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Wednesday, October 10, 2007


ONCE RELUCTANT, RETAILERS NOW RUSH TO HAWAII 

Once Reluctant, Retailers Now Rush to Hawaii - New York Times



Many people are surprised to hear how expensive it is to do business in Hawaii. The state's economy has never prospered and has relied too much on tourism. There is now hope for the state when it comes to retail and commercial real estate development.

Hawaii now has some 30 million square feet of retail development. Another 4.5 million square feet is either planned or already under construction statewide. Oahu, the most heavily populated island, accounts for only about half of that development, or some 2.3 million square feet.


For years, large mainland-based retailers tended to steer clear of the islands that make up the state of Hawaii because of the extremely high costs of buying land and shipping goods, as well as a tight supply of construction workers and retail employees.

But in the last four years, a wave of retail development has washed over Hawaii, as the state has experienced a post-2001 rebound in tourism and growing optimism among residents, as job growth has been strong and home prices in many areas have roughly doubled since 2003.

As a result, they say, while Hawaii already had a number of familiar big-box retail chains like Best Buy, Wal-Mart, Costco and Home Depot, it has recently drawn attention from several national retailers trying to enter the market for the first time.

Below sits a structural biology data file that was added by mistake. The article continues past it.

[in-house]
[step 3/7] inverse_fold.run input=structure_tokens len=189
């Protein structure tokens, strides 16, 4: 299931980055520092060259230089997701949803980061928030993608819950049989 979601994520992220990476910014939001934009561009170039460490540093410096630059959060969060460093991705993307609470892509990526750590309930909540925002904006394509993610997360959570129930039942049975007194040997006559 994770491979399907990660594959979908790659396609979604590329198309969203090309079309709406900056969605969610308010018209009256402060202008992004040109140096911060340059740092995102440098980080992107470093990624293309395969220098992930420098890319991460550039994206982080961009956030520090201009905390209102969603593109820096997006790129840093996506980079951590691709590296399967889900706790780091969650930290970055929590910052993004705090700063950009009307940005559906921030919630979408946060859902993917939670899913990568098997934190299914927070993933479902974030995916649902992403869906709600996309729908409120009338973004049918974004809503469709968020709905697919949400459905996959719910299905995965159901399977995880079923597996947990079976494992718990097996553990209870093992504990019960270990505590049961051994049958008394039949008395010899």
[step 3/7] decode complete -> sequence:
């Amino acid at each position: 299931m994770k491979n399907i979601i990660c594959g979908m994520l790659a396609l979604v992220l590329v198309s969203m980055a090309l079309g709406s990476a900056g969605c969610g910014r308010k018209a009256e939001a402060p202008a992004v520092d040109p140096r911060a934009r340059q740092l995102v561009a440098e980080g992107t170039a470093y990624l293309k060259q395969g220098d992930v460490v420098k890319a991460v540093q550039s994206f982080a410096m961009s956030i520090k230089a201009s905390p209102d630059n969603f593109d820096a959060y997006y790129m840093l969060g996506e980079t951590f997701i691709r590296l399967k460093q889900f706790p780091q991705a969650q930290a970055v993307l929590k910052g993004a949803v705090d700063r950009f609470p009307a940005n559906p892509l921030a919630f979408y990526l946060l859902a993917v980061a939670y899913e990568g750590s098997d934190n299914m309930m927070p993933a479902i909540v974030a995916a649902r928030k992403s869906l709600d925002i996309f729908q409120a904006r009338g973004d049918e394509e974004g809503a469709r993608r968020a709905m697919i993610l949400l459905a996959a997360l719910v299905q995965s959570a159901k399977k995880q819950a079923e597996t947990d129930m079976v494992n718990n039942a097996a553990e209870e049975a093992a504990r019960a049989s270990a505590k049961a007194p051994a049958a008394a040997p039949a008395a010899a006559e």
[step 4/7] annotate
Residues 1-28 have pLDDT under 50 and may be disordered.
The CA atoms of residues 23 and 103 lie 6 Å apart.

“National retailers have seen many of their competitors who have entered the market do the highest numbers of any of their stores, and that has changed their thinking,” said Molly Mosher-Cates, the principal broker and owner of the Sperry Van Ness/MC Realty Advisors office in Kailua, a mostly residential town on the eastern side of Oahu.



The newcomers to Hawaii include Target, which plans to open two large stores by 2009; Nordstrom, which plans to open a larger-than-average store in Honolulu next spring; and Whole Foods, which plans to open four stores in Hawaii in the next three years, although plans for its first store, on Oahu, were stalled by the discovery of an ancient Hawaiian burial ground on the site.

Walgreens plans eventually to open 25 to 30 stores in Hawaii as part of its effort to compete with Longs Drugs, the dominant drugstore in the state. At Petco, the San Diego-based pet products retailer, a spokesman said his company was also looking for possible store sites in Hawaii.

Mike Y. Hamasu, the consulting and research director for the Honolulu office of Colliers Monroe Friedlander, a large real estate brokerage firm, estimated Hawaii now has some 30 million square feet of retail development. Another 4.5 million square feet is either planned or already under construction statewide. Oahu, the most heavily populated island, accounts for only about half of that development, or some 2.3 million square feet.




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